returning to normality

Back to life: returning to normality after lockdown

Returning to normality

As freedom day approaches, many of us will be looking forward to getting back to ‘normal’, which for some of us will mean a return to the office. Despite restrictions lifting the reality is that we simply will not bounce back to our normal pre-COVID-19 selves right away after spending the best part of a year at home. We may have largely forgotten the social norms, behaviours and routines that were once familiar to us and we will have to relearn and remember how to be around people again, how to commute, how to behave in an office, even simple things like how to operate the lift at work or have a conversation may be a challenge to start with. We will no doubt face many challenges on a practical and emotional level.

Feel the feelings

After a year of being in survival mode with a low level (and for some a high level) of stress in the background all the time, we have a lot of feelings to process as things get back to normal. Whilst some of these feelings will be positive such as excitement and relief, we are also likely to be fearful, nervous, and anxious about the changes coming and how we will deal with them. We may have residual feelings of grief, sadness and anger for everything and everyone we lost during the lockdown. Focus on what you ARE feeling rather than what you SHOULD be feeling – suppressing your feelings and emotions won’t help.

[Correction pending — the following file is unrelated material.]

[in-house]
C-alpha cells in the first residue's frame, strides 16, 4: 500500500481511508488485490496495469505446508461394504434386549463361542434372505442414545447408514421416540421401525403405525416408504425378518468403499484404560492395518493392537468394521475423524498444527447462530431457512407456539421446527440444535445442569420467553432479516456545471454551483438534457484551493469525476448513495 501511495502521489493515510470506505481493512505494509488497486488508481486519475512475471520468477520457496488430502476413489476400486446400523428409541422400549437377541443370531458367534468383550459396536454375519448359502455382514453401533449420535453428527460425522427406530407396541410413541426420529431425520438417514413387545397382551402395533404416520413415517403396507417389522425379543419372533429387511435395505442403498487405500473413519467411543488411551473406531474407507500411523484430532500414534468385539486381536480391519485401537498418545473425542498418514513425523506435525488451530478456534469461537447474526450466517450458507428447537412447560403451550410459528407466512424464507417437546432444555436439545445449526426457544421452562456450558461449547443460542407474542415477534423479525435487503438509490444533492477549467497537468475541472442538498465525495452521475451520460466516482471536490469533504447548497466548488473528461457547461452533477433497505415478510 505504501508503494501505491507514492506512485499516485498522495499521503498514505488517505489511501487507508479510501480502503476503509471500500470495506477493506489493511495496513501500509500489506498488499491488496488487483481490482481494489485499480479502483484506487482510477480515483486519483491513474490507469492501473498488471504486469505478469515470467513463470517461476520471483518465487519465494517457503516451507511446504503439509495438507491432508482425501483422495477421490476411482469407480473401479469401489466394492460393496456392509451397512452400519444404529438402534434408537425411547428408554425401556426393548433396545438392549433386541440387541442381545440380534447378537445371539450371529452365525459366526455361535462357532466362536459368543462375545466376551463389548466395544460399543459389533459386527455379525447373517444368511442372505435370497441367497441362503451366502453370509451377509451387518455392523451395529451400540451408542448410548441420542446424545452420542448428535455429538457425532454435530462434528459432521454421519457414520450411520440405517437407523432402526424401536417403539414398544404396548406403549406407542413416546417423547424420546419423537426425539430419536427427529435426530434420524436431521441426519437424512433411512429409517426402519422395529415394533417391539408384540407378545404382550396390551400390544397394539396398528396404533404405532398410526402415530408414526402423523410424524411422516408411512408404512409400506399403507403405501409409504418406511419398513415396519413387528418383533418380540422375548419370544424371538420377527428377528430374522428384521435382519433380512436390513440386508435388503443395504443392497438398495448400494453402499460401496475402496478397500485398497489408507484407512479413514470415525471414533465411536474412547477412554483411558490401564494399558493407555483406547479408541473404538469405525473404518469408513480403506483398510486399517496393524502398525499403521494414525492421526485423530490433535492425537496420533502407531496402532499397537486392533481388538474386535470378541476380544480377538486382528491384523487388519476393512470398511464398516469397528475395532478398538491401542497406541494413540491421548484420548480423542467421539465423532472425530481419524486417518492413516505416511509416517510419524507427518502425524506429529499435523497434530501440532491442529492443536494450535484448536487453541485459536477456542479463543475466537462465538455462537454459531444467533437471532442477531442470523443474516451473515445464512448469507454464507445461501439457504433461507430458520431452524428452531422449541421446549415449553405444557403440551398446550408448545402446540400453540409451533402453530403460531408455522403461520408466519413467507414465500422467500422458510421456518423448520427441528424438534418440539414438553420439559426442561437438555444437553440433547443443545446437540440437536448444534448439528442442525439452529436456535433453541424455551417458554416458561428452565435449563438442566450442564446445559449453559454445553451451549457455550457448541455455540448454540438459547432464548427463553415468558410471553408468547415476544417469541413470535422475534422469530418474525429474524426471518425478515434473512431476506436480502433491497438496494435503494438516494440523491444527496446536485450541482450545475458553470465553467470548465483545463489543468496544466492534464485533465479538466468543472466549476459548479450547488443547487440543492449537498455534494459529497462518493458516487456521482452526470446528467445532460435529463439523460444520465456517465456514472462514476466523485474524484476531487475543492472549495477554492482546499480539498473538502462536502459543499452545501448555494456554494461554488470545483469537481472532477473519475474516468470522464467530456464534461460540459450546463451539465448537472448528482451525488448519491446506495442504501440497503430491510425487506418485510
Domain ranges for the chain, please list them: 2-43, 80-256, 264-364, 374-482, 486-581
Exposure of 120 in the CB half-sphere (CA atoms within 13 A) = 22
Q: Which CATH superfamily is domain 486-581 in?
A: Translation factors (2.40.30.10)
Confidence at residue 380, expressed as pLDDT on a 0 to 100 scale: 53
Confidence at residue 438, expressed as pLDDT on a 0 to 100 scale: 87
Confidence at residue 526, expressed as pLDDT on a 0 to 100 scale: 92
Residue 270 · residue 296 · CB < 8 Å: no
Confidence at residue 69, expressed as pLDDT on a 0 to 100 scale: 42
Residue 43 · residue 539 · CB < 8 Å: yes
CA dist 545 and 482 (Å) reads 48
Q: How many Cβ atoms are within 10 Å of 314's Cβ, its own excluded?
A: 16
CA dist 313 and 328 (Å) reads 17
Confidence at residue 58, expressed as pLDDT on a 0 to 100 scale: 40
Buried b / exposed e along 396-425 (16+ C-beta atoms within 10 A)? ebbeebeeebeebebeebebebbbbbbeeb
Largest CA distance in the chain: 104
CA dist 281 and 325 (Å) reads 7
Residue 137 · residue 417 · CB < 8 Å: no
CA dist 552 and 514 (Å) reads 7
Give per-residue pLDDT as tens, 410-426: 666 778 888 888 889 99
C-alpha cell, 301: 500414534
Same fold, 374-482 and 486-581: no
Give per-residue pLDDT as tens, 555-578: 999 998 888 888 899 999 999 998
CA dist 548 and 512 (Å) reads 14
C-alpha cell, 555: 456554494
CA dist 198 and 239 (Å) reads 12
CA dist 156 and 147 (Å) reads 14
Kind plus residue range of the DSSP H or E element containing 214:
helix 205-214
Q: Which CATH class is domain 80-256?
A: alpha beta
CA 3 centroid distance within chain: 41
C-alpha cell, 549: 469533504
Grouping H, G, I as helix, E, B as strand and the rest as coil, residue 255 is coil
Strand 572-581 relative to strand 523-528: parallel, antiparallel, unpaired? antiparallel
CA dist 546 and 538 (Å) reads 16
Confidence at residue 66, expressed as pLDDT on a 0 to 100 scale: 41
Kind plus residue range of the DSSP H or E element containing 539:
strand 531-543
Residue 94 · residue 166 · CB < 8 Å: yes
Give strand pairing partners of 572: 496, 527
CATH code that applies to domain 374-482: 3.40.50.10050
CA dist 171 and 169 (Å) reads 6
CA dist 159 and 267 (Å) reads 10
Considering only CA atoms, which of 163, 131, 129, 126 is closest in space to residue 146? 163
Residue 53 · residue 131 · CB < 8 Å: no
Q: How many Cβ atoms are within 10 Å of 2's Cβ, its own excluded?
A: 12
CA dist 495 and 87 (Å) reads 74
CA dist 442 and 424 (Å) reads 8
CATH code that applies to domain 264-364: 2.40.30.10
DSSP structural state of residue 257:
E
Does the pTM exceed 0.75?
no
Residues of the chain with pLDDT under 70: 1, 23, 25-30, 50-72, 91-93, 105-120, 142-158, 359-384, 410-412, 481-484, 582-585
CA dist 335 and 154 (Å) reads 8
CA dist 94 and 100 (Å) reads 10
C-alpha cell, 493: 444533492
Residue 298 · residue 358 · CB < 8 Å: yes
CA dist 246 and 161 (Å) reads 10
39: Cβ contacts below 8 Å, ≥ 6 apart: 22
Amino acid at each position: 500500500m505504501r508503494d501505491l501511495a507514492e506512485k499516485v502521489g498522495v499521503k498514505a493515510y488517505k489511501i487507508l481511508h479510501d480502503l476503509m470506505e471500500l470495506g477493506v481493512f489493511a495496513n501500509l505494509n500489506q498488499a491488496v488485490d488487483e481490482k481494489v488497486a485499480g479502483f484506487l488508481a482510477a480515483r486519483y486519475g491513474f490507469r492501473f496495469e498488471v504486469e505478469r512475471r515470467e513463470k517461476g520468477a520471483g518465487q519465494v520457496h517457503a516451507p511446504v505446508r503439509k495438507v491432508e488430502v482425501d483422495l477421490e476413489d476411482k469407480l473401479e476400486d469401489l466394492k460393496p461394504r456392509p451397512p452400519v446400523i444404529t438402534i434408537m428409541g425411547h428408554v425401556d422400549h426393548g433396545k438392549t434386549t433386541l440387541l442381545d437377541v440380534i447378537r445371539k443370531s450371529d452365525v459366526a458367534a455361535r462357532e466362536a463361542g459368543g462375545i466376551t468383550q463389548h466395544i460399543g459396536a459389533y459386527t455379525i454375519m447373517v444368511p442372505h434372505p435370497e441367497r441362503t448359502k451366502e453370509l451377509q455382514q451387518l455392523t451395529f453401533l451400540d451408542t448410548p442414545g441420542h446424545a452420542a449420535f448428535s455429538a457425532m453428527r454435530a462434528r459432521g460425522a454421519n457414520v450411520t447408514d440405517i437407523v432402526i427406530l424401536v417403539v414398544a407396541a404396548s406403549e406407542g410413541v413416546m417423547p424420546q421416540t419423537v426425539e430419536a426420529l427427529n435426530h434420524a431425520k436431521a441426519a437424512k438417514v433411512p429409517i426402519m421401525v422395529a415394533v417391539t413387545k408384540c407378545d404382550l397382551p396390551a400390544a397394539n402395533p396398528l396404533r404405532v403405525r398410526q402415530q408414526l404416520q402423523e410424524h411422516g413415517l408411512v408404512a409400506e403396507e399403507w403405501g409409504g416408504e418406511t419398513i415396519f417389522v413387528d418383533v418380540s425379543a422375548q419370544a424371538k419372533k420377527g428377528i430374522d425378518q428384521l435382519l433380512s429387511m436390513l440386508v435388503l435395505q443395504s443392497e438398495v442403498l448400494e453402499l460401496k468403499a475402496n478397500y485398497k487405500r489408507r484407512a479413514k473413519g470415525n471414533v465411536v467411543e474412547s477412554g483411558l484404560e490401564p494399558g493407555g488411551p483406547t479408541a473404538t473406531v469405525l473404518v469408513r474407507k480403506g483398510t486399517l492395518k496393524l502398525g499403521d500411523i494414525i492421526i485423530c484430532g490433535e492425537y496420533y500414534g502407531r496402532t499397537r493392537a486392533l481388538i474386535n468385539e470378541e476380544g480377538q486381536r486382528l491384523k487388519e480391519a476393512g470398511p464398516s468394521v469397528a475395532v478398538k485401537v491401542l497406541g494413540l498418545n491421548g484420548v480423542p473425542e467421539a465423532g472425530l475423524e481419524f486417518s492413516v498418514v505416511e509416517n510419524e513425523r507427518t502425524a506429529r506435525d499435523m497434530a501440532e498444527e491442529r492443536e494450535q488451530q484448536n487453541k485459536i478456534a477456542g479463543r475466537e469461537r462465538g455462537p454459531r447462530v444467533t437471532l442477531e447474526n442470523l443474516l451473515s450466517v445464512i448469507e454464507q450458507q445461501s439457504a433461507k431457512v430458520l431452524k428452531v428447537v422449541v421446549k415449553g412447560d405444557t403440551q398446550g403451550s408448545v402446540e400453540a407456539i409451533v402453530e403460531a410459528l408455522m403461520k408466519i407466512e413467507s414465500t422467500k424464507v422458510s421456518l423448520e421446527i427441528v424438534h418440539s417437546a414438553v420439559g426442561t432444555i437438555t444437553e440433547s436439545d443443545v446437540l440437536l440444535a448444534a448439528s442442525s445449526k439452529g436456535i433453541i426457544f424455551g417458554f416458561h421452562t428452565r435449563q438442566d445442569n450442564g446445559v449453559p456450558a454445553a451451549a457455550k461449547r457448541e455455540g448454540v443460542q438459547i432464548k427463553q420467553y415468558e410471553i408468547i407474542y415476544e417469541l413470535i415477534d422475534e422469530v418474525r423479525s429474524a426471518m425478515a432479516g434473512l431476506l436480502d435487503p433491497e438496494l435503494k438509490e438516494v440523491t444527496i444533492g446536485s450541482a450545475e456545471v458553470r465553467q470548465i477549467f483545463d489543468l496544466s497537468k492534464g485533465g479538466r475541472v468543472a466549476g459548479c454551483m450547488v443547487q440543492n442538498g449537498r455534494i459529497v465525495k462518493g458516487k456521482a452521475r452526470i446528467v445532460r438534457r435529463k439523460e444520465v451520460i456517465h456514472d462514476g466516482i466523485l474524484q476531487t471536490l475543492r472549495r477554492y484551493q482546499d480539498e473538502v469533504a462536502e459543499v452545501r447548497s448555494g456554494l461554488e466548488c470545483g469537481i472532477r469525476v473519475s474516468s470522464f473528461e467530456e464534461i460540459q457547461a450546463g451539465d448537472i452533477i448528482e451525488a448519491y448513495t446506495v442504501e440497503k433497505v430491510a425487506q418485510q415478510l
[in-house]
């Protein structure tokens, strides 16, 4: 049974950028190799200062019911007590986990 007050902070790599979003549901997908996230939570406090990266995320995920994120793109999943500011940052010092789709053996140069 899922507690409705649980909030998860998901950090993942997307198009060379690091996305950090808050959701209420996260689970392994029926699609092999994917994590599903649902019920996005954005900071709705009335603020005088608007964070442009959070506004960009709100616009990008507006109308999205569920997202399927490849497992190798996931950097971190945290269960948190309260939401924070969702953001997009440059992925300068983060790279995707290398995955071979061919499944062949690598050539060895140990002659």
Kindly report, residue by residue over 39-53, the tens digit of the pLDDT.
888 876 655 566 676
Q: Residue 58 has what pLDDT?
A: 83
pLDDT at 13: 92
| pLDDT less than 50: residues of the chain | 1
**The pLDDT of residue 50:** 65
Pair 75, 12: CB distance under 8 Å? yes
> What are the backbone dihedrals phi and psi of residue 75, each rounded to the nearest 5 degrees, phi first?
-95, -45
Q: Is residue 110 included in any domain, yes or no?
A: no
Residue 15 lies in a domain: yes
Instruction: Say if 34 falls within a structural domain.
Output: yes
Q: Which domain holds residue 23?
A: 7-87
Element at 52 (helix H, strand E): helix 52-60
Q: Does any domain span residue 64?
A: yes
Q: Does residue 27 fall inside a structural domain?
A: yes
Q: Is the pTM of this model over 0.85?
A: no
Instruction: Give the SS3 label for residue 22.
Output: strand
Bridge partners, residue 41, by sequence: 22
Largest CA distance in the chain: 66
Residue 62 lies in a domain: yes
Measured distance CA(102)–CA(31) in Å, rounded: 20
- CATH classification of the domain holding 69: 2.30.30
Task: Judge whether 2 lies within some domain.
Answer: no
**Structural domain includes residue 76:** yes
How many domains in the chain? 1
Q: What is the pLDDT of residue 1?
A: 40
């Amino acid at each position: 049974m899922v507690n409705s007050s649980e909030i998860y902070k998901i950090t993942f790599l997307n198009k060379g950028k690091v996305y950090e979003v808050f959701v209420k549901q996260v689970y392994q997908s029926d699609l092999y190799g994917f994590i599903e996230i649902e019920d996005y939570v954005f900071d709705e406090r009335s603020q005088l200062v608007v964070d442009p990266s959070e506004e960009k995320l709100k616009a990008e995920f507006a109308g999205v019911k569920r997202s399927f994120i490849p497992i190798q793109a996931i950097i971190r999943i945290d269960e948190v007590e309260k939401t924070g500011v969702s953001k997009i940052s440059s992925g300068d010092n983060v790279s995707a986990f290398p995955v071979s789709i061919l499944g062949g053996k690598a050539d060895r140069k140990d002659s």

Expect to feel tired

It’s best to take things slowly and to leave some clear space in your calendar, as once you are back in the office you will initially be very tired and need time to process the change, rest and reflect. On the plus side, our brain thrives on physical activity and novelty, so after a few weeks hopefully, you will feel energised as the fog of the last 18 months begins to lift.

Be prepared for setbacks

It’s likely that there will some bumps on the road back to normality. Recognise that best-laid plans often have setbacks, so keep an eye on how you are feeling, how you are coping and be kind to yourself.

Don’t rush into any decisions about work

Don’t make any decisions about committing to a return to the office full time straight away if you can help it. You need to really think about what’s best for you and your situation, everyone is different. Be confident to share your feelings about returning with your line manager or HR. You may not want to work the same hours as before or you might permanently want to request to work at home. Make the new normal work for you rather than defaulting to what used to be.

Look after yourself

Many of us have got into good habits in lockdown and are managing to sleep better, eating right and getting exercise. Try not to let these healthy habits slide once you’re back in your usual routine, as they help to keep us mentally and physically well.

Share how you are feeling

Just talking to someone about your worries, a colleague, a friend, LawCare, can help you process your emotions and feel calmer and less stressed. We can all take comfort from feeling similar things as those around us in the coming weeks and months.

LawCare provides emotional support to all legal professionals, support staff and their concerned family members. You can call our confidential helpline on 0800 279 6888, email us at [email protected]  or access online chat and other resources at  

Excellent resources on going back to work are available on the ACAS website

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